Smartphone addiction leads to poor sleep quality, according to a new study.

Published Tuesday in Frontiers of Psychiatry, the study looks at the smartphone use of 1,043 students between the ages of 18 and 30 at King’s College London. Students were asked to complete two questionnaires on sleep quality and smartphone usage, both in person and online.

Nearly 40% of students qualified as “addicted” to smartphones, the study found. Researchers used a 10-question scale that was made to assess smartphone addiction in children.

“Our estimated prevalence is consistent with other reported studies in young adult populations globally, which are in the range of 30–45%,” lead author and King’s College medical student Sei Yon Sohn and her coauthors wrote in the study.

“Later time of use was also significantly associated with smartphone addiction, with use after 1 a.m. conferring a 3-fold increased risk,” the authors wrote.

There was also a correlation between students who reported using cell phones at a high rate and also reported poor sleep quality, according to the study. The study’s findings are in line with previous studies which have found that overuse of smartphones before bed can be linked to trouble falling asleep, reduced sleep duration and daytime tiredness.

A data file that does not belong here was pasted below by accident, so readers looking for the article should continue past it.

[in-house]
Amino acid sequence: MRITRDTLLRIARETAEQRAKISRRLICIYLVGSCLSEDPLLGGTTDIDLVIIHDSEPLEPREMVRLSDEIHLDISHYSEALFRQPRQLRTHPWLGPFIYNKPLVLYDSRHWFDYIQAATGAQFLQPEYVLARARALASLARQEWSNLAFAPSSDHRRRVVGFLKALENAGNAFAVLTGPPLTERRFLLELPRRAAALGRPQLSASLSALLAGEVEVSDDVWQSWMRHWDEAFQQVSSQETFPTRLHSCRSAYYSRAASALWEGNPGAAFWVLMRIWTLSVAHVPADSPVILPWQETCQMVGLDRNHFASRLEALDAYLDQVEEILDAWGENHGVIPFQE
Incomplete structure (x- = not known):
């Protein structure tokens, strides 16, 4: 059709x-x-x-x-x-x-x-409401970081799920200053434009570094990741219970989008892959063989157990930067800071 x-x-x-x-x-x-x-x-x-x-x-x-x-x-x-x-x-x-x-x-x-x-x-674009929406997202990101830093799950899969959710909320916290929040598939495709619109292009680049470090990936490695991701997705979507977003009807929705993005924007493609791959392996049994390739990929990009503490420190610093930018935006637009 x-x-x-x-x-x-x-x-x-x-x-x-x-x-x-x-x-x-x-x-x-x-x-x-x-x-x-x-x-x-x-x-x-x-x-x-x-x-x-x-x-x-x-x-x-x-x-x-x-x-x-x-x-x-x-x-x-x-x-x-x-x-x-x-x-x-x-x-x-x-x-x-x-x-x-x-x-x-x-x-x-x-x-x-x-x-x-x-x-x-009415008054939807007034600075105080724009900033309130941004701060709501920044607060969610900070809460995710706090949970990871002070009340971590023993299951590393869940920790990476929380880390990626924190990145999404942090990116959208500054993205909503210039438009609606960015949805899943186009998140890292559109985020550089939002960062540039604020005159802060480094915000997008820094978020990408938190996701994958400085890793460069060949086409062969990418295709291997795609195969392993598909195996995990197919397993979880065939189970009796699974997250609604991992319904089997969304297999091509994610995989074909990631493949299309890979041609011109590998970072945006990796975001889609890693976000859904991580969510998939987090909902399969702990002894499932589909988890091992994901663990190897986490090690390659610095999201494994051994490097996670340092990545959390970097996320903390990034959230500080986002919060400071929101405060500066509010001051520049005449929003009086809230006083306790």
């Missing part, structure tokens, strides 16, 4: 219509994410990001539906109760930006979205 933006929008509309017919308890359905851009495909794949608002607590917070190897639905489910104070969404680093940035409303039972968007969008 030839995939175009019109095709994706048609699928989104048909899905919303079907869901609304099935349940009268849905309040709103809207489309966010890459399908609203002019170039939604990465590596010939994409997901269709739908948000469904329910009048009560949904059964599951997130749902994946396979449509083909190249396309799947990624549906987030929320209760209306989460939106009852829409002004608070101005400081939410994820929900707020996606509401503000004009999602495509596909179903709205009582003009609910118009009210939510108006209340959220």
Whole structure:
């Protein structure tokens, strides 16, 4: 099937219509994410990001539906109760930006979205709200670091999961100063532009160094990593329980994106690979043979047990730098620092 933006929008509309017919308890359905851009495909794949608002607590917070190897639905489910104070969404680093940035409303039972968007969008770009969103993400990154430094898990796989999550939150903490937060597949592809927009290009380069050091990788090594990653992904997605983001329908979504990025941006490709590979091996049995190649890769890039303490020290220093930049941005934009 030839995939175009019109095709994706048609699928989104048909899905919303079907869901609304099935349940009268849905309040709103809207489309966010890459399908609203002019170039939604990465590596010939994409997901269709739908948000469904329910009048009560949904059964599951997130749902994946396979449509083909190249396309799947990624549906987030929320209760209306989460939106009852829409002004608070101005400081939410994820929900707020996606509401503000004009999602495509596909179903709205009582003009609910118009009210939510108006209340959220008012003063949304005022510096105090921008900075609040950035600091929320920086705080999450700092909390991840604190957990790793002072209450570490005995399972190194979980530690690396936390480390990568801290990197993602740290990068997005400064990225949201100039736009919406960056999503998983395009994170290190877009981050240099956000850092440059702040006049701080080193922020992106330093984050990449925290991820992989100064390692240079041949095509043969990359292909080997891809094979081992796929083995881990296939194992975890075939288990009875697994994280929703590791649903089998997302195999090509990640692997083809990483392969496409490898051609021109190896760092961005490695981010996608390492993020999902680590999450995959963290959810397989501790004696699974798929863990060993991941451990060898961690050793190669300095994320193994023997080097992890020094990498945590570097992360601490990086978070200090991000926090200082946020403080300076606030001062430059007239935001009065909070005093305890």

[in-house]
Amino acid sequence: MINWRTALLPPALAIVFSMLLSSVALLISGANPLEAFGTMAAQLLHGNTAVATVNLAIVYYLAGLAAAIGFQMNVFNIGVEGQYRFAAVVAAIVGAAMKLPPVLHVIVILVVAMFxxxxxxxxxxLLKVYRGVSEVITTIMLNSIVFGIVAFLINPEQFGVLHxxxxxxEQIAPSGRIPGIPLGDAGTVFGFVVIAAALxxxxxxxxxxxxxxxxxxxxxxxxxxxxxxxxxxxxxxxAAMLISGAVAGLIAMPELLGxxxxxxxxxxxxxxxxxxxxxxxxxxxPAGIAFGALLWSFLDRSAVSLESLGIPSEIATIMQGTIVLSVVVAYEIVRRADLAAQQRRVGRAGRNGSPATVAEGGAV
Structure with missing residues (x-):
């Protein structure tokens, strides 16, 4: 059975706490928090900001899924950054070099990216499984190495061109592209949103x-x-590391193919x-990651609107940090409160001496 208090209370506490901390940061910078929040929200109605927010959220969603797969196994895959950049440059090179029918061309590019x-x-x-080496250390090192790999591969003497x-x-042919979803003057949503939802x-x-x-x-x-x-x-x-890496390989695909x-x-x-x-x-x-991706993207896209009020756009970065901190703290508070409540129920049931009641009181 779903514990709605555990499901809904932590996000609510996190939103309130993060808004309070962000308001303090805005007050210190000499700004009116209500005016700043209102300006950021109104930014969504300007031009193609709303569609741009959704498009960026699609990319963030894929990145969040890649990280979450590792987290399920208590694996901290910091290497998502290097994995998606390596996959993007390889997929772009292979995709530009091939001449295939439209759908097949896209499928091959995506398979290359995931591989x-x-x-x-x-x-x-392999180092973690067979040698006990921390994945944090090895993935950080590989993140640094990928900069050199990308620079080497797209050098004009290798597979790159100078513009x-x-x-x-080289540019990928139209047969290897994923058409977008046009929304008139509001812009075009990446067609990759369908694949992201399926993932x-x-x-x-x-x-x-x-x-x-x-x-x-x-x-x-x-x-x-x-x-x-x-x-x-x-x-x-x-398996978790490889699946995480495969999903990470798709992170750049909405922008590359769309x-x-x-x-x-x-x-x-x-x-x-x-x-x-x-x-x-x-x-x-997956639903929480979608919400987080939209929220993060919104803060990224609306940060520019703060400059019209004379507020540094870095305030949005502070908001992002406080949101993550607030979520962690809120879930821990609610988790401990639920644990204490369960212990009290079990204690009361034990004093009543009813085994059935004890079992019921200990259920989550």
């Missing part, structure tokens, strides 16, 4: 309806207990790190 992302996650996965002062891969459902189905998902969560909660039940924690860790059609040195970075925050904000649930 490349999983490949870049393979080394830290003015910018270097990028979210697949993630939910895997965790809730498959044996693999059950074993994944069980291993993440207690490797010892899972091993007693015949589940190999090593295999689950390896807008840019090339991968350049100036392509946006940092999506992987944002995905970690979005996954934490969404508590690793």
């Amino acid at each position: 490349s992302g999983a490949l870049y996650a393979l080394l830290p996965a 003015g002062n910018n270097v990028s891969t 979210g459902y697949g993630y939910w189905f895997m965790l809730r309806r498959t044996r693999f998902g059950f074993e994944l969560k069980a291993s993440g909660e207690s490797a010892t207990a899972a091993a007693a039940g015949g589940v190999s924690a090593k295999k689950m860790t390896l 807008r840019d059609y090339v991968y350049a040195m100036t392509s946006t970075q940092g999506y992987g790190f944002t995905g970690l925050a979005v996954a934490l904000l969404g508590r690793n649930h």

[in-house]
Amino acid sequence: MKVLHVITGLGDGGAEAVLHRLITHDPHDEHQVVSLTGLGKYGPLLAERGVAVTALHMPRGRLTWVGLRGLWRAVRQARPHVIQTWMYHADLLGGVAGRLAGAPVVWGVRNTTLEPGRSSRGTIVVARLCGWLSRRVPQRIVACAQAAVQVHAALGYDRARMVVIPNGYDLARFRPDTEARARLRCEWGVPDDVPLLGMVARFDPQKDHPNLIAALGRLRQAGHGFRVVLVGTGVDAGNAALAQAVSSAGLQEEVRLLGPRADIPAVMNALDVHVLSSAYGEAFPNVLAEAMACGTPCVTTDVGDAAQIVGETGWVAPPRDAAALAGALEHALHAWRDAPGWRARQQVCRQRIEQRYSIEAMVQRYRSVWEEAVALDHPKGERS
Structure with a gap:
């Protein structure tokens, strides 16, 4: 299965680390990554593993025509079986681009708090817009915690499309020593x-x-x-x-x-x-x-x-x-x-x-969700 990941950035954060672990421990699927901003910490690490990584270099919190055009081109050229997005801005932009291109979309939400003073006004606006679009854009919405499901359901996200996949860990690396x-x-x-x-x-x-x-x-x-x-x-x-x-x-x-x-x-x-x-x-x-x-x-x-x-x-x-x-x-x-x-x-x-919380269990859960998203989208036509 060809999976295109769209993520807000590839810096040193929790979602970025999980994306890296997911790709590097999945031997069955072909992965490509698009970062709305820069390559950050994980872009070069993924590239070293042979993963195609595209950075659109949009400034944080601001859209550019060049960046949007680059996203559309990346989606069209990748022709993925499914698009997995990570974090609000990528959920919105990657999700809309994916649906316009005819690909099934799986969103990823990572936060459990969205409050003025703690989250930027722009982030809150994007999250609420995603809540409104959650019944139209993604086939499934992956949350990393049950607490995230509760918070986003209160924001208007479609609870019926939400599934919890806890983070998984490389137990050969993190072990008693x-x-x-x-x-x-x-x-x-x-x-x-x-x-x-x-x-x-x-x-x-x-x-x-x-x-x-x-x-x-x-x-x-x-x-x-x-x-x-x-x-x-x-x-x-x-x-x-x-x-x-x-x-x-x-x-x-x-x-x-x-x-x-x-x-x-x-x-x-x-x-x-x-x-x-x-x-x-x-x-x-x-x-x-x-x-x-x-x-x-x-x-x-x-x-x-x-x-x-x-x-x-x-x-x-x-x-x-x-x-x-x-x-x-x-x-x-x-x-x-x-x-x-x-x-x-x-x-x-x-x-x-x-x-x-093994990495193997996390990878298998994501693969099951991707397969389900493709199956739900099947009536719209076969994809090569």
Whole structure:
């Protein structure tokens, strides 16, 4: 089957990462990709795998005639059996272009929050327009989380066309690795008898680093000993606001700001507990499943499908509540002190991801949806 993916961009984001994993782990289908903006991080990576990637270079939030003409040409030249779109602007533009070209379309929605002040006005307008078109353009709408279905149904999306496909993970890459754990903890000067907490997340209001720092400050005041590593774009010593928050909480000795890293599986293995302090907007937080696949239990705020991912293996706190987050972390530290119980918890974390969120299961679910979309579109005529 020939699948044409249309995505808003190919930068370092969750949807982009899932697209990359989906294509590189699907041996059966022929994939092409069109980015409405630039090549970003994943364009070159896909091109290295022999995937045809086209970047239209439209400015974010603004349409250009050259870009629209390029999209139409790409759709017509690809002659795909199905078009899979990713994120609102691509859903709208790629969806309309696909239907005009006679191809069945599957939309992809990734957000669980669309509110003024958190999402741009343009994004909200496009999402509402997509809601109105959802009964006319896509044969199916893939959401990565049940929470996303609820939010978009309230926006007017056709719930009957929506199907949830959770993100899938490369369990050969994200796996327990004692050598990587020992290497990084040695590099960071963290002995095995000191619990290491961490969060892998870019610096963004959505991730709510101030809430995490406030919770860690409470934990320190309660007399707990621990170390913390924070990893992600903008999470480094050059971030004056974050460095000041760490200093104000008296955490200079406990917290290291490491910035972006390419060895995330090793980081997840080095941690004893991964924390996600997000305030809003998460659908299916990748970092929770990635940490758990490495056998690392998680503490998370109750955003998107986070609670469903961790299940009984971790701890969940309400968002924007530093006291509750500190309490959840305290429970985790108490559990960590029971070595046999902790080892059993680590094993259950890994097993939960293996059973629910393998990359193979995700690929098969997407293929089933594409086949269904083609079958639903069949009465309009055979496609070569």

Smartphones most likely affect sleep quality when used close to bedtime because they have been shown to delay circadian rhythm, which is the body’s normal sleep-and-awake clock.

“In fact, the No. 1 rule is “no computers, cell phones, and PDAs in bed and at least one hour prior to bed time,” Dr. Vsevolod Polotsky, who directs sleep basic research in the division of pulmonary and critical care medicine at Johns Hopkins University School of Medicine, told CNN in a recent interview.

That’s because “any LED spectrum light source may further suppress melatonin levels,” Polotsky said. Melatonin, often referred to as a the sleep hormone, is secreted in a daily 24-hour circadian rhythm. People sleep better during the night when levels peak.

Ways to fight cell phone addiction and catch some zzz’s

Are you addicted? Here’s a quiz you can take to help decide.

Schedule timeouts. First, turn off your phone at certain times of the day, such as when you are attending meetings, having dinner, playing with your kids and of course, driving.

Ban apps from mobile devices. Remove social media apps, like Facebook and Twitter, from your phone, and only check in from your laptop. Try to wean yourself to 15-minute intervals at set times of the day when it won’t affect work or family life.

Go gray scale. Experts suggest going black and whitePretty colors are engaging, while gray is boring.

Substitute. Try to replace your smart device time with healthier activities such as meditating or interacting with real people.

Improve sleep. Don’t bring your cell phone and its harmful blue light to bed. Use an old-fashioned alarm to wake you.



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